Volume 16, Number 2 (July 2009)                   J Birjand Univ Med Sci. 2009, 16(2): 10-17 | Back to browse issues page

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S.A. Mousavi, Sh . Zamani TR, Z. Siadat, M. Mahmoudi. Study the anti-inflammatory effect of Rose Bengal in LPS-activated macrophages in dark. J Birjand Univ Med Sci.. 2009; 16 (2) :10-17
URL: http://journal.bums.ac.ir/article-1-449-en.html

1- Assistant Professor
2- M.Sc in Immunology
3- M.Sc in Nutrition
4- Professor , mahmoudim@mums.ac.ir
Abstract:   (11350 Views)
Background and Aim: Rose Bengal is a water-soluble, anionic xanthin dye. It has been used as a safe compound for many years. But, anti-inflammatory effect of Rose Bengal has not been studied. The aim of this study was to determine the effect of Rose Bengal on nitric oxide production and its inflammatory induced response and inducible nitric oxide synthase expression in LPS-activated J774A.1 macrophages as an inflammatory model in dark. Materials and Methods: In an experimental study, J774A.1 macrophages cell line was purchased from Pasteur’s institute and the cells were treated with different concentrations of Rose Bengal with or without lipopolysaccharide (LPS) in dark. The effect of different concentrations of Rose Bengal on cell viability was studied using MTT assay. Griess reagent was used to determine production of nitric oxide (micromolar) in test and control groups. Western blotting was applied to evaluate the expression of inducible nitric oxide. Data were analyzed at the significant level of P<0.05 using t student-test. Results: MTT assay showed that cell viability of treated macrophages (1, 10, 50, 100, 200 and 300 micromolar) were 99±0.66, 97±1.2, 90±0.88, 88±0.57, 81±0.88, 80±0.57 percent, respectively. The amount of nitrite oxide concentration (micromolar)±SEM by different concentrations of Rose Bengal (1, 10, 50, 100, 200 and 300 micromolar) were 17.1±0.17, 14.3±0.17, 13.1±0.09, 8.9±0.32, 6.1±0.09 and 0 micromolar respectively and 21.4±0.21 in control group. Expression of iNOS was decreased in a dose dependent manner by Rose Bengal. Conclusion: The obtained results showed that Rose Bengal (below 200 micromolar) decreased nitric oxide production and iNOS expression in inflammatory macrophages without significant decreasing in their viability. Besides, its anti-inflammatory effect is mediated by inhibition of iNOS expression. Thus, Rose Bengal could be a new and safe anti-inflammatory agent for in vivo studies.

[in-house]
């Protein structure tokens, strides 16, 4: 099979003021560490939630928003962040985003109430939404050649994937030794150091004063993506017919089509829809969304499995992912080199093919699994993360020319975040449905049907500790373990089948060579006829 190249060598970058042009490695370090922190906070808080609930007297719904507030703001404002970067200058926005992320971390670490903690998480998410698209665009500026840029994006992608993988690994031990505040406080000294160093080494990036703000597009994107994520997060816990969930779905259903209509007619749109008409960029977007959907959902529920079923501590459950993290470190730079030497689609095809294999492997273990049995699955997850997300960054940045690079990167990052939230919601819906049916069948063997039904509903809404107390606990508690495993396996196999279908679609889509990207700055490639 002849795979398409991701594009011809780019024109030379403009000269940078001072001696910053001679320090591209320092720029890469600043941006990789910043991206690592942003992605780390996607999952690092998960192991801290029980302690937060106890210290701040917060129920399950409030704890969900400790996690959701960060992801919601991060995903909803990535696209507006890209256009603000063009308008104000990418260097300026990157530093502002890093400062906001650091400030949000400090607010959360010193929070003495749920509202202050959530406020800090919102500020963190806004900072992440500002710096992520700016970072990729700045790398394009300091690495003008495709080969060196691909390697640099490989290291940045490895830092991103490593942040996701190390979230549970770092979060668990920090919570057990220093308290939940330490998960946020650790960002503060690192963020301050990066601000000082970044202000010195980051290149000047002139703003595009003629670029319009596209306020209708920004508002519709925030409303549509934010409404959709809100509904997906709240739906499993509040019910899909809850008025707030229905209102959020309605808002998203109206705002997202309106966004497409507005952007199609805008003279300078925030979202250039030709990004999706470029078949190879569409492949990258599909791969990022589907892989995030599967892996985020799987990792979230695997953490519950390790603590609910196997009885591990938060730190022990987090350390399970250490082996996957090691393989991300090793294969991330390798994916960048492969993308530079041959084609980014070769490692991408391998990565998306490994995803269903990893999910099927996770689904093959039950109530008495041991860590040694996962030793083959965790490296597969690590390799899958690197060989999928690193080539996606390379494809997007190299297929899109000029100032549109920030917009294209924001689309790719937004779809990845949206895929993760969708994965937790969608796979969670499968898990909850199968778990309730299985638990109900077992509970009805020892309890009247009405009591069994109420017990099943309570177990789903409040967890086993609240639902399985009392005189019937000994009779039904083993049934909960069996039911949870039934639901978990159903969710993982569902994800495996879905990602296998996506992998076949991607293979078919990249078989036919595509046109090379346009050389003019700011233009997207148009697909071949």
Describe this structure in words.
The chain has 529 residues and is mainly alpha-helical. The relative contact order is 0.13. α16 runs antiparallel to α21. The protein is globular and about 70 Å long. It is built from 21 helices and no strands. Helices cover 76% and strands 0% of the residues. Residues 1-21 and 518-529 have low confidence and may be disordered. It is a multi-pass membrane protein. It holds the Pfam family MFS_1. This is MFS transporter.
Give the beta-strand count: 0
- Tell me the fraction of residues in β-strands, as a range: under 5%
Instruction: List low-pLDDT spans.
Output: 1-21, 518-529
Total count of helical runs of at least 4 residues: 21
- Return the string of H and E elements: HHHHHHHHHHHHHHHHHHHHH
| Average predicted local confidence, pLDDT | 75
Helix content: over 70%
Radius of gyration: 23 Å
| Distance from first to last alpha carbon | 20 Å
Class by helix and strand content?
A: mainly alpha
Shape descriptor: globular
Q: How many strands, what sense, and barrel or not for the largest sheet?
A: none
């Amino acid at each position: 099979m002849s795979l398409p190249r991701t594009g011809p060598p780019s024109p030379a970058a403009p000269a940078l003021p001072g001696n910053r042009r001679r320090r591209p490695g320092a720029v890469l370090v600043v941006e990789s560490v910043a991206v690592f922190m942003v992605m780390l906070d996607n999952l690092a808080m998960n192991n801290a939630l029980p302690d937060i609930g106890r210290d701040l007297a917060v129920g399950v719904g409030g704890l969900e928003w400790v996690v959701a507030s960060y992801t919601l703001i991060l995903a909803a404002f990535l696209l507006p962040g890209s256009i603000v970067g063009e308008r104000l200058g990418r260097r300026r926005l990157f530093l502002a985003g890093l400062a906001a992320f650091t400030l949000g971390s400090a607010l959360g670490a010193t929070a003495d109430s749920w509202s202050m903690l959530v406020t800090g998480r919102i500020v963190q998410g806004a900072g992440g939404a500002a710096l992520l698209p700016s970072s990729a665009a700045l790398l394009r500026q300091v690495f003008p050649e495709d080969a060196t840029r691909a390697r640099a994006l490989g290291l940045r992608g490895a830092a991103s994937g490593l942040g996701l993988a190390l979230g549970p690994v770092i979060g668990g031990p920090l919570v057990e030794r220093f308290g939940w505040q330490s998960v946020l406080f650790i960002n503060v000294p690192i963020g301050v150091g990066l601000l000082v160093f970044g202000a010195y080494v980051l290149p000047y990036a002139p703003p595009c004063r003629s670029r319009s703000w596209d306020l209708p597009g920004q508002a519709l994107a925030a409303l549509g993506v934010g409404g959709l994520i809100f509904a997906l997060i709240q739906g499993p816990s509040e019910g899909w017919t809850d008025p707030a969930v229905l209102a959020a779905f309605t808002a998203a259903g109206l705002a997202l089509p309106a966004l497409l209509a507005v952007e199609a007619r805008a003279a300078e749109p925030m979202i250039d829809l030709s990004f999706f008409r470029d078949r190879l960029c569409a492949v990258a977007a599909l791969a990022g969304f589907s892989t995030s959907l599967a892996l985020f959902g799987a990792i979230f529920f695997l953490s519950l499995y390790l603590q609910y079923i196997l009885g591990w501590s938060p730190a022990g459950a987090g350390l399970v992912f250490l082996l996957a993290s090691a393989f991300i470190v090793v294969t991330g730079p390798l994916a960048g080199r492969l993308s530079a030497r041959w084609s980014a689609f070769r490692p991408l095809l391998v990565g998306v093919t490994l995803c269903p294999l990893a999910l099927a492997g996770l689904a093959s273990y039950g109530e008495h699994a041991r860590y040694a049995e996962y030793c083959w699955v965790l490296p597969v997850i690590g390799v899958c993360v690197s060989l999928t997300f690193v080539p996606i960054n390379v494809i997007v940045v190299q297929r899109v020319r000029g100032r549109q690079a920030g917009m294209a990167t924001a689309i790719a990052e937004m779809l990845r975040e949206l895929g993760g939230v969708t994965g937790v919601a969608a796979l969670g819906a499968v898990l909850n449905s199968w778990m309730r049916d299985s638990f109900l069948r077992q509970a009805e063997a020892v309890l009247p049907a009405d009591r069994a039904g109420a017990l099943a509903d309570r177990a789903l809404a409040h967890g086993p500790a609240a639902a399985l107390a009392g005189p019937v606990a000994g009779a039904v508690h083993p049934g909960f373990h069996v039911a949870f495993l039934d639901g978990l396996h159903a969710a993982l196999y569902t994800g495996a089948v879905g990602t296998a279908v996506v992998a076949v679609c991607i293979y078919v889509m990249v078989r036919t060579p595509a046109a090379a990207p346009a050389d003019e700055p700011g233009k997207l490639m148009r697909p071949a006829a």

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Type of Study: Original Article | Subject: General
Received: 2009/08/26 | Accepted: 2016/03/10 | Published: 2016/03/10

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